- Capitalism and Alternatives -

It's true, compared to today, those folks had a tough row to hoe.

Posted by: Frenchy on February 01, 19100 at 10:44:47:

In Reply to: Petite Bourgeois Sentimentality posted by Krasny on January 31, 19100 at 13:19:53:

: : Pinko Central is right! Marx's personal life was a mess! He spoke out against the family--saying "the bourgeois clap-trap about the family and education . . .becomes all the more disgusting, the more, by the action of Modern Industry . . ."

: : Can you believe that chickenshit Marx? And anybody who knows anything knows that his family lived in dire poverty. In London, no less, which was the hub of commerce in the 19th century.

: [Snip:]

: *First off, can you show me where in this clipped remark of Marx that he is disparaging the family per se? As I read it, he's (rightly) attacking the hypocrisy of the bourgeoisie in his own day who preach the 'family' while operating factories which were little better than comcentration camps:
: " Every day the factory whistle shrieked tremulously in the grimy, greasy air above the workers' settlement. And in obedience to its summons sullen people, roused before sleep had refreshed their muscles, came scuttling out of their grey houses like frightened cockroaches. They walked through the cold darkness, down the unpaved street to the high stone cells of the factory, which awaited them with cold complacency, its dozens of square oily eyes lighting up the road. The mud smacked beneath their feet. They shouted in hoarse sleepy voices and rent the air with ugly oaths, while other sounds came floating to meet them: the heavy hum of machinery, and the hiss of steam. Tall black smokestacks, stern and gloomy, loomed like thick clubs above the settlement.

: In the evening, when the setting sun found weary reflection in the windows of the houses, the factory expelled the people from its stone bowels as though they were so much slag, and they climbed the street again -- grimy, black-faced, their hungry teeth glittering, their bodies giving off the sticky odor of machine oil. Now their voices were lively, even joyful, for work was over for another day, and supper and rest awaited them at home.

: The day had been devoured by the factory, whose machines sucked up as much of the workers' strength as they needed. The day was struck out, leaving not a trace, and Man had advanced one more step towards his grave." --Maxim Gorky

: That's really a great thing for a family, eh? Add to the scene the *fact* that entire families - men, women and children - were forced into these places out of dire necessity and I'd say the bourgeois concept of 'family' was/is a pretty empty one for the working classes.

Compared to today, using the wonderful 'Monday-morning quarter-backing' technique, we can say that. It's true, compared to today, those folks had a tough row to hoe. And guess what? In a couple of hundred years, when the standard of living is far superior to what it is now, those folks will look at the writings of today and wonder how we got by. It's relative.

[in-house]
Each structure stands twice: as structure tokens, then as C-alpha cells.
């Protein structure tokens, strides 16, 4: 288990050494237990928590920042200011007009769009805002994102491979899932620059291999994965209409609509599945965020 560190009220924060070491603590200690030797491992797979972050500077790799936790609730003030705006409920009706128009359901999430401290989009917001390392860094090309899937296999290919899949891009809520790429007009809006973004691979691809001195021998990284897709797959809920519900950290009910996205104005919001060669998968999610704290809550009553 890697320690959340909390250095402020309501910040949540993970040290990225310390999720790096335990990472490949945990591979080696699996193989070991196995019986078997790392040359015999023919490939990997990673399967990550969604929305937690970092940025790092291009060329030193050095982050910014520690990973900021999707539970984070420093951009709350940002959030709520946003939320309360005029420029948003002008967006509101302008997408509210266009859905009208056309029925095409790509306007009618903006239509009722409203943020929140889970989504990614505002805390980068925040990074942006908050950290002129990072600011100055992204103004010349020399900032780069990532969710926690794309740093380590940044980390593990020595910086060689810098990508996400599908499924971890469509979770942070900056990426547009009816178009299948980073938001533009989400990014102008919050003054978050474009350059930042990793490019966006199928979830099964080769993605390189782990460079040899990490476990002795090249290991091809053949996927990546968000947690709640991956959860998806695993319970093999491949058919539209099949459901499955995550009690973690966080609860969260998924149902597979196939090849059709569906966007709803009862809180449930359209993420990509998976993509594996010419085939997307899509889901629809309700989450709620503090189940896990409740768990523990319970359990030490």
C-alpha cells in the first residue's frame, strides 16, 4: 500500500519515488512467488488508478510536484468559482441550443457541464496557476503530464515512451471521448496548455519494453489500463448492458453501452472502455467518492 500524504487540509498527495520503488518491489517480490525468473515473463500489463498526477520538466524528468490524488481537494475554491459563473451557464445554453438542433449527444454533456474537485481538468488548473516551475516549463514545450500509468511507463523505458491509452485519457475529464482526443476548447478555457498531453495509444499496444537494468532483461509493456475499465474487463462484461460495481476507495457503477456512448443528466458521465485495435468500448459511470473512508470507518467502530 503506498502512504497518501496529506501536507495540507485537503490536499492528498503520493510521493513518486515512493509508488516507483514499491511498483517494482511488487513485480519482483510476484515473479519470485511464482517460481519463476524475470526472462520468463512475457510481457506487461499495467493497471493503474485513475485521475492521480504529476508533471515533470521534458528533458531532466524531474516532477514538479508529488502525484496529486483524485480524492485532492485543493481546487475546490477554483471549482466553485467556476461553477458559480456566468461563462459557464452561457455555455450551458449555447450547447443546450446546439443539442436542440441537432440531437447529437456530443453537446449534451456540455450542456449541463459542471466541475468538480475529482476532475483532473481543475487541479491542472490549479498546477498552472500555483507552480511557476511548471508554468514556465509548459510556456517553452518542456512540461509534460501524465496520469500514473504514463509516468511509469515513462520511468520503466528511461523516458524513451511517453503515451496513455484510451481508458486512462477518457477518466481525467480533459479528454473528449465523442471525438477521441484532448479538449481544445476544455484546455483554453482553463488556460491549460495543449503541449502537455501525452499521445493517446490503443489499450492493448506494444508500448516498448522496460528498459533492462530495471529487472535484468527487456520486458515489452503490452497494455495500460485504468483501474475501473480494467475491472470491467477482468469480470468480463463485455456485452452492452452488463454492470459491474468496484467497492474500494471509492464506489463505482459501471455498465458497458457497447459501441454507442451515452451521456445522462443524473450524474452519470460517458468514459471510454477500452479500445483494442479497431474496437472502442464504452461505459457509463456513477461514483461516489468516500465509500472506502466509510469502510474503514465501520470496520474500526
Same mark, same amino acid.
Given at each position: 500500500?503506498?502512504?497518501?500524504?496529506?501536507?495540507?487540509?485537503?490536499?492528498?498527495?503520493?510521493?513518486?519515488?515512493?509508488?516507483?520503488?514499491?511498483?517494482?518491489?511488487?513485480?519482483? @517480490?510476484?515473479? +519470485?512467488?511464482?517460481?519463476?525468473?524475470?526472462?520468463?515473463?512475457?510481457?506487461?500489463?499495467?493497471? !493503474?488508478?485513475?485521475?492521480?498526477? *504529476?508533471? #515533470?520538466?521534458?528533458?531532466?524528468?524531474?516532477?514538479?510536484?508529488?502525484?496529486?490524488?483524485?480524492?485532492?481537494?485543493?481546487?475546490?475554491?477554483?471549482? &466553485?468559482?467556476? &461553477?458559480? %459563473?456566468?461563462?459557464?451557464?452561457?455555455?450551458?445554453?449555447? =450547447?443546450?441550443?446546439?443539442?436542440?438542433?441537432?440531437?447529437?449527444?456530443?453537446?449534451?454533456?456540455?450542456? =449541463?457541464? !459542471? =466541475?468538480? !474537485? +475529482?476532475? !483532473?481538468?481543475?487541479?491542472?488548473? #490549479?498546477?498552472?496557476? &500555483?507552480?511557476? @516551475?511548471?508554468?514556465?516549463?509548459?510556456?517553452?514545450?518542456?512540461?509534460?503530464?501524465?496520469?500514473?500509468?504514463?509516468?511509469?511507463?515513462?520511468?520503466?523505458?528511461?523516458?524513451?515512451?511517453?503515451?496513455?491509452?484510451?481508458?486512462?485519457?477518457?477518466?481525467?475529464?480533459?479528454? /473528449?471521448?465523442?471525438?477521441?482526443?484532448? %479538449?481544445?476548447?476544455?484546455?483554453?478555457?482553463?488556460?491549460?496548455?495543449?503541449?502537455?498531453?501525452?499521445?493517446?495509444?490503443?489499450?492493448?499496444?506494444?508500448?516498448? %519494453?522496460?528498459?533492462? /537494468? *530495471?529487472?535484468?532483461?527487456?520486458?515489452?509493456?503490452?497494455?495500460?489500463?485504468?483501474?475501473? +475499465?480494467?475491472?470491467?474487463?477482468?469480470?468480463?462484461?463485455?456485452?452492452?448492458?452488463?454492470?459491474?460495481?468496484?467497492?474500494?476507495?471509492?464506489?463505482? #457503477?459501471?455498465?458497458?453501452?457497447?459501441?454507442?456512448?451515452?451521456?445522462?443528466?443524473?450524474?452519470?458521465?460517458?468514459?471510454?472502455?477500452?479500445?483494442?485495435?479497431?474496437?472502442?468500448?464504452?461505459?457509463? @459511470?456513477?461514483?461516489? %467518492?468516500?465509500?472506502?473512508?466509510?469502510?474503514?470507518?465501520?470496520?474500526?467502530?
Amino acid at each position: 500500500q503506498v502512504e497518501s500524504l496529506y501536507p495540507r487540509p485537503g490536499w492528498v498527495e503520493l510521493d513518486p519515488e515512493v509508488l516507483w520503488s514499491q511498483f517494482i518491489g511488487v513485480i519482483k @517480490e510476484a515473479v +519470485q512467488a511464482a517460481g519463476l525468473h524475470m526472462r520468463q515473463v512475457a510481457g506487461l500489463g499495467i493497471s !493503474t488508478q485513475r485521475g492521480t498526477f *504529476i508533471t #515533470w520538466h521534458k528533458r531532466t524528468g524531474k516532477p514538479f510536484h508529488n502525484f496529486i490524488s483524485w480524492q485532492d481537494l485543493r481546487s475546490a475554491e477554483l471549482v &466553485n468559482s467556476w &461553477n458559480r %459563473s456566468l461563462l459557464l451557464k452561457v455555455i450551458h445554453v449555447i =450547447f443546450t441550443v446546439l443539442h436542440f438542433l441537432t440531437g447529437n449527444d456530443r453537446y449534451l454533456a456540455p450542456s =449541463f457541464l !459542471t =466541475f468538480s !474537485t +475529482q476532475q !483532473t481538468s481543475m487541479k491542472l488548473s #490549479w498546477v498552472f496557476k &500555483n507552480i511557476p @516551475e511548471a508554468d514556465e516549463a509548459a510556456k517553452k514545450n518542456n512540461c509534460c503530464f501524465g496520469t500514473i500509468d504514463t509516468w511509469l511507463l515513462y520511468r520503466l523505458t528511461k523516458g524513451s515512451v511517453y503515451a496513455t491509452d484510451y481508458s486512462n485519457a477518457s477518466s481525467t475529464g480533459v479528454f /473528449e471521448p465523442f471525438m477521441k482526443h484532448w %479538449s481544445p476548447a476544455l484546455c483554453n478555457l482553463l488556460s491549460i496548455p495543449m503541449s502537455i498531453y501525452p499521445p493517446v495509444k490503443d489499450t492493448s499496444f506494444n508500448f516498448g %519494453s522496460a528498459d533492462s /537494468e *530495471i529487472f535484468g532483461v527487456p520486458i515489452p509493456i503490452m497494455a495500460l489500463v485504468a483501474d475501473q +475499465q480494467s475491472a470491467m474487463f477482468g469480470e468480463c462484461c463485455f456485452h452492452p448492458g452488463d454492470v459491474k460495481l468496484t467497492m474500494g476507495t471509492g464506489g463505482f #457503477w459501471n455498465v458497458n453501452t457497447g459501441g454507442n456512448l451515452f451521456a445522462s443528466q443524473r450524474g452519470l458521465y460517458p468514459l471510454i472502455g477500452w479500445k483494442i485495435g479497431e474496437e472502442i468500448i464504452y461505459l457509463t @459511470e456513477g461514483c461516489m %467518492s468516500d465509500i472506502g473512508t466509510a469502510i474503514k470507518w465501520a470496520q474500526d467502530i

: On your second point... Marx probably could have gone into business with Engels (who was, BTW a successful industrialist)

Well, almost, his daddy was the successful one; Engels it turns out was a sort of hanger onner.

instead of trying to organise the working classes and providing them with a doctrine designed to overthrow nothing less than the very property relations which allowed for that pleasant bourgeios family at the proletariats' expense. Furthermore, I'd like to see just how 'successful' *your* whitebread, 'Leave it to Beaver,' upbringing would prepare you if you were expelled from America and found yourself in, say, Tokyo,

boy, that really follows...

Japan as Marx was expelled from the Continent while taking up residence in London, England.

All he had to do was not be a radical. He made a choice. Sometimes ya make a good choice and other times ya make a bad choice. Too bad, so sad.

Add to this the fact that, unlike your sorry ass, he was *the* focus of revolutionary activity for the working classes and it's not surprising that the guy didn't get any table scraps from the bourgeoisie. --K


Nope, instead he bummed his way through life by mooching off of his wife's parents who also happened to be wealthy industrialists. And who were also against their daughter's marriage to the ne'er do well, Marx. Oh, and by the way, let's not forget the nice gift of a maid by his mother and father in law, whom Marx eventually managed to impregnate while his wife was sick, terminally as I recall. I don't think he ever claimed responsibility for that.
Nice decent chap, eh?
Give me the Beavers anyday.

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